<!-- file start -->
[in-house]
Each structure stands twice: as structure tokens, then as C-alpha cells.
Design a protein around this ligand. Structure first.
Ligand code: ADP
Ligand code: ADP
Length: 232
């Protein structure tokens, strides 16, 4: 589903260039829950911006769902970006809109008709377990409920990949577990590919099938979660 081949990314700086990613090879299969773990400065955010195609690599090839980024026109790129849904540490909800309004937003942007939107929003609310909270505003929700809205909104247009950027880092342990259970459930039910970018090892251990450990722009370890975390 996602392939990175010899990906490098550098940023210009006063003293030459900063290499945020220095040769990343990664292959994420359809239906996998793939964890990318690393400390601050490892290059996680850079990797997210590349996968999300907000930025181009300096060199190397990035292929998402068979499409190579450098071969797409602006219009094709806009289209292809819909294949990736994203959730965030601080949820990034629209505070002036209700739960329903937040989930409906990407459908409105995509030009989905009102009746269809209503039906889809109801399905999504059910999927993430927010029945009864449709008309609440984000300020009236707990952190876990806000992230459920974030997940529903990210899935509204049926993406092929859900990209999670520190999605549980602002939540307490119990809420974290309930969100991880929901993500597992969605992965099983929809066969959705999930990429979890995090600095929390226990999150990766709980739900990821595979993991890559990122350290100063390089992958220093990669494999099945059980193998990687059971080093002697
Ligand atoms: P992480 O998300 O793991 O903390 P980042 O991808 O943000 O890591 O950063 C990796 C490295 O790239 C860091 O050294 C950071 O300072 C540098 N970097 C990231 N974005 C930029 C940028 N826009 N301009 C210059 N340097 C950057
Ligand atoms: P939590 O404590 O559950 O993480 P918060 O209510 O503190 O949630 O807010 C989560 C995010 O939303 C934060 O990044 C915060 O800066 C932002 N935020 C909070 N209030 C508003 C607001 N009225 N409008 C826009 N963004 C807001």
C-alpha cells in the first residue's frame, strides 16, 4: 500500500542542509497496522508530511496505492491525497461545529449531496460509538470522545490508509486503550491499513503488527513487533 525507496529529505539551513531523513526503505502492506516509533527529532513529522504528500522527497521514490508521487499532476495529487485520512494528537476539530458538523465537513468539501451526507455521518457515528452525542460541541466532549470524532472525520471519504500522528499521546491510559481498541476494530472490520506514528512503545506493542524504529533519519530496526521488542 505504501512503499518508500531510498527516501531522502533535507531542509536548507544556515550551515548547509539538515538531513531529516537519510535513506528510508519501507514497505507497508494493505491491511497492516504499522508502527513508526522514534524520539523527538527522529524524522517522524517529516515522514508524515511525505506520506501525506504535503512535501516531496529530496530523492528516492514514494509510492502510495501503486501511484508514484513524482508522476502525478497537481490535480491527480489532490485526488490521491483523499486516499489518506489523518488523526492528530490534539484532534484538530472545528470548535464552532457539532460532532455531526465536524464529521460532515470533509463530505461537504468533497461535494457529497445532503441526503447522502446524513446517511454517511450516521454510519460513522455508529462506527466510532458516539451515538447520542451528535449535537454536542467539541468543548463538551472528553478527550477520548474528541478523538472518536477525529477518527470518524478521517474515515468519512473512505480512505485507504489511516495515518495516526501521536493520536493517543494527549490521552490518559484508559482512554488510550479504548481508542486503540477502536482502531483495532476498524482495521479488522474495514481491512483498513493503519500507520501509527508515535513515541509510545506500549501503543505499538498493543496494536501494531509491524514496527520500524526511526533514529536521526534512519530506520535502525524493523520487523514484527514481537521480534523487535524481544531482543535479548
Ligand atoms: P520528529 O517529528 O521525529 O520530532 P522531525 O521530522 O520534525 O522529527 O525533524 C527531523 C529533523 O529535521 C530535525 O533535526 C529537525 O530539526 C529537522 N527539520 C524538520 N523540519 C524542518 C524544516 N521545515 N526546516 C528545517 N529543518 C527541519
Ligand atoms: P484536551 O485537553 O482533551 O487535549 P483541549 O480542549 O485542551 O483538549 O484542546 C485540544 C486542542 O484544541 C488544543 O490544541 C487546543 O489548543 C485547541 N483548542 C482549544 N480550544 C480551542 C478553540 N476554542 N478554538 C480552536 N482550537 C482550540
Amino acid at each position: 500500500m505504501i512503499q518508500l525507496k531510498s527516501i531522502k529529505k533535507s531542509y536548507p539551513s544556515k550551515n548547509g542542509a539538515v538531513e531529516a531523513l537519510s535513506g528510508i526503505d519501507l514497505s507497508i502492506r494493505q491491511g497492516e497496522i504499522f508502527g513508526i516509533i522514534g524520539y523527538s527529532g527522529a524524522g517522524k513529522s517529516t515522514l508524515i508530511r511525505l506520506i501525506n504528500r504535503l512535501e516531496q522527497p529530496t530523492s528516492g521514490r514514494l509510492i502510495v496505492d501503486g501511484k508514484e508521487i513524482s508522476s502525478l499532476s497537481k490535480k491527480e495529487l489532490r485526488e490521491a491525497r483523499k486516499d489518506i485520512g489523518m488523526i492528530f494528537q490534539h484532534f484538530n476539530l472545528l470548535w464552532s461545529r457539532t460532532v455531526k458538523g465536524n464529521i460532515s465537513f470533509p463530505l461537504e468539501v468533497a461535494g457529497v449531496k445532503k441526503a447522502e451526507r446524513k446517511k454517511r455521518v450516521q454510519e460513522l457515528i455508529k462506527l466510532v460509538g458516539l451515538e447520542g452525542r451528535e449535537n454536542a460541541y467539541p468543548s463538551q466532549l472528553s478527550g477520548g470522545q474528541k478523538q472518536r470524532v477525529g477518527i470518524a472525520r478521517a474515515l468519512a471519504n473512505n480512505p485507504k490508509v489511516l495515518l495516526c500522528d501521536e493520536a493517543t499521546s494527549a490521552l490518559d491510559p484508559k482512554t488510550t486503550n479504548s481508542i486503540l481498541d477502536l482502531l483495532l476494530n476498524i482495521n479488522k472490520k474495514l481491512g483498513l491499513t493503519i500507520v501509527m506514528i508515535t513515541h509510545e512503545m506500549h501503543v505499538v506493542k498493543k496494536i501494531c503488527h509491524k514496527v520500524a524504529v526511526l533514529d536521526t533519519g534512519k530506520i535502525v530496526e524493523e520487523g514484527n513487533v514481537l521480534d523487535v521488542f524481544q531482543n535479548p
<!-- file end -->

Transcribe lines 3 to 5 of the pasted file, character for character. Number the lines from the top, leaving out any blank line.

Design a protein around this ligand. Structure first.
Ligand code: ADP
Ligand code: ADP